Conversely, 80% of all students agreed they would have been more comfortable in a normal class setting and 57% of students agreed that the VC technology was a barrier to their interaction with the instructor. Only half of the students agreed that the VC technology encouraged independent learning while 32% responded that they would not have taken the class if they had known it was going to be delivered using a videoconference format. Seventy percent of the students thought that the use of VC technology discouraged classroom discussions. See Table 3 for a summary of the unfavorable responses.
|I would have felt more engaged in a normal class setting.||80%|
|The videoconferencing technology is a barrier to my interaction with the instructor.||57%|
|The use of videoconferencing technology in this course encourages me to learn independently.||50%|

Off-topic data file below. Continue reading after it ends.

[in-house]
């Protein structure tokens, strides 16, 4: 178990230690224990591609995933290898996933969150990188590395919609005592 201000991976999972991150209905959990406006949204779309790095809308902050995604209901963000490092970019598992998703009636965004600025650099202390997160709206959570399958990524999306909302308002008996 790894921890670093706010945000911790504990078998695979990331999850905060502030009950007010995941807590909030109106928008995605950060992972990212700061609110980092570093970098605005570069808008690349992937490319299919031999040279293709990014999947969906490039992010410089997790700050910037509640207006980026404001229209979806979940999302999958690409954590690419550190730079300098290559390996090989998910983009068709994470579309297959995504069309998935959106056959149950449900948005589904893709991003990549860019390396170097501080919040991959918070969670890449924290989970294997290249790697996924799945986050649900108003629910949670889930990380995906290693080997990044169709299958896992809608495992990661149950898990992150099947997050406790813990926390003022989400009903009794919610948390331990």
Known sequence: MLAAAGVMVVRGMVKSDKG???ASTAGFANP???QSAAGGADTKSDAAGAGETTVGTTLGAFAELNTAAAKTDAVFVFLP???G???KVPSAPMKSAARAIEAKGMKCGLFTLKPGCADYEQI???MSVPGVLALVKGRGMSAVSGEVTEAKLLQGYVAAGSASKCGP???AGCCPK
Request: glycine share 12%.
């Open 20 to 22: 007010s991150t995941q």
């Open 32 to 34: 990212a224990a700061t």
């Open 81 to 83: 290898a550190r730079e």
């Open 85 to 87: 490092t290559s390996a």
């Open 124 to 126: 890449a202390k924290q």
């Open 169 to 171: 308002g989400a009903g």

|The use of videoconferencing technology in this course encourages me to continue discussions.||30%|
Overall, 56% of all students rated the course as good or excellent, but only 33% agreed they would take another course that used VC technology. Only 20% agreed they would recommend this course using the VC technology.
For the face-to-face classroom, there was no significant difference in the responses between the first and second survey. For the remote classroom, there was a significant difference between the first and second survey. The perception that the use of VC technology encourages students to learn independently eroded significantly ( t(-2.585), p = .012, d = .34). Specifically, students in the remote classroom on the second survey were less inclined to agree that VC technology encouraged independent learning. In addition, students in the remote classroom significantly changed their opinion regarding the ability of the instructor to use the VC technology ( t(2.756), p = .009, d = .37). Thus, by the end of the semester, these students agreed that the instructor was able to utilize the VC technology for the course. See Table 4.
|1st Survey||2nd Survey|
|The use of videoconferencing technology in this course encourages me to learn independently||3.50||1.04||2.73||1.18||54||-2.58||0.012||0.34|